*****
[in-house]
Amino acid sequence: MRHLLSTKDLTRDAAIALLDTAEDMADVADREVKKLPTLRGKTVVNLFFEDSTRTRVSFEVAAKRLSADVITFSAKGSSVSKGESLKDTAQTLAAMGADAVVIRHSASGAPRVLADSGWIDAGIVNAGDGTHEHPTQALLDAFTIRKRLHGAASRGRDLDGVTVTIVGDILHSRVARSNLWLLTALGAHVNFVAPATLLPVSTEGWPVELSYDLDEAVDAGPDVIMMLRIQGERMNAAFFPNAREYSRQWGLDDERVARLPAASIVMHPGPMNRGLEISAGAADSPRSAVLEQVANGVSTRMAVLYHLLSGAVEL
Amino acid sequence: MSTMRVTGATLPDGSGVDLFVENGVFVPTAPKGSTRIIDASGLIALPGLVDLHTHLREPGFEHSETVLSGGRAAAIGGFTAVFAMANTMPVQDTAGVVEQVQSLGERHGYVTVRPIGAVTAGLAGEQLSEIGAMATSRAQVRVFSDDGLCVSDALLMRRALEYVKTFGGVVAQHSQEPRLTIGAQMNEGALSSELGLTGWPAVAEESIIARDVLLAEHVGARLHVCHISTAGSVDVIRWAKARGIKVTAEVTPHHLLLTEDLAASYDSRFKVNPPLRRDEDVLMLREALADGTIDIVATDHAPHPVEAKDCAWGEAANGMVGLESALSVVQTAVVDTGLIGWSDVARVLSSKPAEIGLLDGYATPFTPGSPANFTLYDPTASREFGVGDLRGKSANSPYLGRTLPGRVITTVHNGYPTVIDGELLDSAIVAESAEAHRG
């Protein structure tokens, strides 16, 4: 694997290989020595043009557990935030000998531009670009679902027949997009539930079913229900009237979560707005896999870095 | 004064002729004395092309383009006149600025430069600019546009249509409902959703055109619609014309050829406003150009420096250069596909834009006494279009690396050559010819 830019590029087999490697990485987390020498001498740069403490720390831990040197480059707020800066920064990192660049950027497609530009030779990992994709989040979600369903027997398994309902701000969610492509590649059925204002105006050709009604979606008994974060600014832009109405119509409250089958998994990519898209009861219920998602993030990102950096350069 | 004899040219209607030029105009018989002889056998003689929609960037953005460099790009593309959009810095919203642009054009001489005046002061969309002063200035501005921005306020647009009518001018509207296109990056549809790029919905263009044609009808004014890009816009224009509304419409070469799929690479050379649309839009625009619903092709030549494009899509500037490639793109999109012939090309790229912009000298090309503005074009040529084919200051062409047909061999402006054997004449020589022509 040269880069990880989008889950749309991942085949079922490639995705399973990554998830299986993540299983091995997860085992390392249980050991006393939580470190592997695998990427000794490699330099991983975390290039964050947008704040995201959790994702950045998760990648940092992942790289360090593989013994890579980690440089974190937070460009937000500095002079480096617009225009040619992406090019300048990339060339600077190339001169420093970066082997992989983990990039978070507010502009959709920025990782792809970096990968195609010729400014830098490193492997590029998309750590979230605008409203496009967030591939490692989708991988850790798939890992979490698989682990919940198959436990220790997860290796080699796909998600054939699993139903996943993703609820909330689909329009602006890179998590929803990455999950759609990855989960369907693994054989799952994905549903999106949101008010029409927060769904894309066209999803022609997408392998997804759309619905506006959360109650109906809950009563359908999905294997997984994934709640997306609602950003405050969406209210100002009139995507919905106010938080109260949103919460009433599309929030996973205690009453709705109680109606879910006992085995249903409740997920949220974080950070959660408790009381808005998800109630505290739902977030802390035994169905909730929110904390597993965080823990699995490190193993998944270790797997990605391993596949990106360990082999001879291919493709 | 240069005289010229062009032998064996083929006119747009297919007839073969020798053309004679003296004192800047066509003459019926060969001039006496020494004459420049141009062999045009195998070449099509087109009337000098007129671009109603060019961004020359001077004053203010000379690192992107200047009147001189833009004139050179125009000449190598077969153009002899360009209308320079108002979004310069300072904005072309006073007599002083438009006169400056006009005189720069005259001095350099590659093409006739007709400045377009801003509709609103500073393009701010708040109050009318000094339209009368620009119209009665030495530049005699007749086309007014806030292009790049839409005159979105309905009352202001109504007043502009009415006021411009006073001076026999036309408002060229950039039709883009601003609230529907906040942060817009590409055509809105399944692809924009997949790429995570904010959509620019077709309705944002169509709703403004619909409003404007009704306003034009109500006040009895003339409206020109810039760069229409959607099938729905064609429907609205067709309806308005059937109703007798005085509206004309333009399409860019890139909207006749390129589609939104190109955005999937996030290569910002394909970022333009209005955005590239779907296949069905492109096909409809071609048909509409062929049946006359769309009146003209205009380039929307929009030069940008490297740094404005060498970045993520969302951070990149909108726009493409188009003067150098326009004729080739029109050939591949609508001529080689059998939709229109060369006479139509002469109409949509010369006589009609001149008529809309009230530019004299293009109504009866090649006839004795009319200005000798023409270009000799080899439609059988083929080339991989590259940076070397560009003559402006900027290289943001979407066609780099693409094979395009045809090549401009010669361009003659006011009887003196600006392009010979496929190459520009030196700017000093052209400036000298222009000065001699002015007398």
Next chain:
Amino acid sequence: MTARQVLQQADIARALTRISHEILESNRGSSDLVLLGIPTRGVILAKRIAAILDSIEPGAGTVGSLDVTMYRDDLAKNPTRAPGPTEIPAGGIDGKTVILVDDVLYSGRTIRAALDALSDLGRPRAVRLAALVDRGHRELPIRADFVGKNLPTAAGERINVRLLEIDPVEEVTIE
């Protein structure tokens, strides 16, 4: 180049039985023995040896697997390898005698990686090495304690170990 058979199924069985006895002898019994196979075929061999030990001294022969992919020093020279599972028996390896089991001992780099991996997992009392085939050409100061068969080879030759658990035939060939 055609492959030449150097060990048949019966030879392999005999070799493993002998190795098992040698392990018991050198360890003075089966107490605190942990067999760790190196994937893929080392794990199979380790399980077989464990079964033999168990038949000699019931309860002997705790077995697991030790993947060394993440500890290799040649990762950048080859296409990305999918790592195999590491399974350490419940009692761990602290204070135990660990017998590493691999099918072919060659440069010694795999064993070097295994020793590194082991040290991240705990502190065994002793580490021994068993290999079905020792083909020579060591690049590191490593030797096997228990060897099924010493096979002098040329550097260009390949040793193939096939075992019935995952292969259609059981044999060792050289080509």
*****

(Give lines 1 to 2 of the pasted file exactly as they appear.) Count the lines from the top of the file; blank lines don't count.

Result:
[in-house]
Amino acid sequence: MRHLLSTKDLTRDAAIALLDTAEDMADVADREVKKLPTLRGKTVVNLFFEDSTRTRVSFEVAAKRLSADVITFSAKGSSVSKGESLKDTAQTLAAMGADAVVIRHSASGAPRVLADSGWIDAGIVNAGDGTHEHPTQALLDAFTIRKRLHGAASRGRDLDGVTVTIVGDILHSRVARSNLWLLTALGAHVNFVAPATLLPVSTEGWPVELSYDLDEAVDAGPDVIMMLRIQGERMNAAFFPNAREYSRQWGLDDERVARLPAASIVMHPGPMNRGLEISAGAADSPRSAVLEQVANGVSTRMAVLYHLLSGAVEL